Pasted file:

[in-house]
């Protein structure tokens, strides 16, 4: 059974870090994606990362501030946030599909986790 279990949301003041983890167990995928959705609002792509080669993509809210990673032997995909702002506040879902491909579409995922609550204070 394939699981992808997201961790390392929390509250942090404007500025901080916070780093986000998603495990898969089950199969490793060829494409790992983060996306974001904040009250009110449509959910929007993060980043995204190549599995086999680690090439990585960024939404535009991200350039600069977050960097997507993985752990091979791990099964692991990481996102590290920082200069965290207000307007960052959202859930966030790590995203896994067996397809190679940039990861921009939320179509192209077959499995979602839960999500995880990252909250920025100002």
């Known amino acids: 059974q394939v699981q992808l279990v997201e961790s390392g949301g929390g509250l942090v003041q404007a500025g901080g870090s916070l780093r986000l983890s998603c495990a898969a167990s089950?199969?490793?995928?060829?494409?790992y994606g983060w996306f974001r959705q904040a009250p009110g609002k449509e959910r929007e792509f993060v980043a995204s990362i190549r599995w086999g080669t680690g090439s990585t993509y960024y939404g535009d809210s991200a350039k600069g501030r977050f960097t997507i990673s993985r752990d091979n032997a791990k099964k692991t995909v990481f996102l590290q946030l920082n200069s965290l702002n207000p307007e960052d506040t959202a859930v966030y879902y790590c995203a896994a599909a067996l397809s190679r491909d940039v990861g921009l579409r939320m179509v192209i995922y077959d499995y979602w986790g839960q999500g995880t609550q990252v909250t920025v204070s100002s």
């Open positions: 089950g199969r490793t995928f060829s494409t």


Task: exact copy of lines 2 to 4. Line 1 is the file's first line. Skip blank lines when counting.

């Protein structure tokens, strides 16, 4: 059974870090994606990362501030946030599909986790 279990949301003041983890167990995928959705609002792509080669993509809210990673032997995909702002506040879902491909579409995922609550204070 394939699981992808997201961790390392929390509250942090404007500025901080916070780093986000998603495990898969089950199969490793060829494409790992983060996306974001904040009250009110449509959910929007993060980043995204190549599995086999680690090439990585960024939404535009991200350039600069977050960097997507993985752990091979791990099964692991990481996102590290920082200069965290207000307007960052959202859930966030790590995203896994067996397809190679940039990861921009939320179509192209077959499995979602839960999500995880990252909250920025100002």
């Known amino acids: 059974q394939v699981q992808l279990v997201e961790s390392g949301g929390g509250l942090v003041q404007a500025g901080g870090s916070l780093r986000l983890s998603c495990a898969a167990s089950?199969?490793?995928?060829?494409?790992y994606g983060w996306f974001r959705q904040a009250p009110g609002k449509e959910r929007e792509f993060v980043a995204s990362i190549r599995w086999g080669t680690g090439s990585t993509y960024y939404g535009d809210s991200a350039k600069g501030r977050f960097t997507i990673s993985r752990d091979n032997a791990k099964k692991t995909v990481f996102l590290q946030l920082n200069s965290l702002n207000p307007e960052d506040t959202a859930v966030y879902y790590c995203a896994a599909a067996l397809s190679r491909d940039v990861g921009l579409r939320m179509v192209i995922y077959d499995y979602w986790g839960q999500g995880t609550q990252v909250t920025v204070s100002s």
């Open positions: 089950g199969r490793t995928f060829s494409t």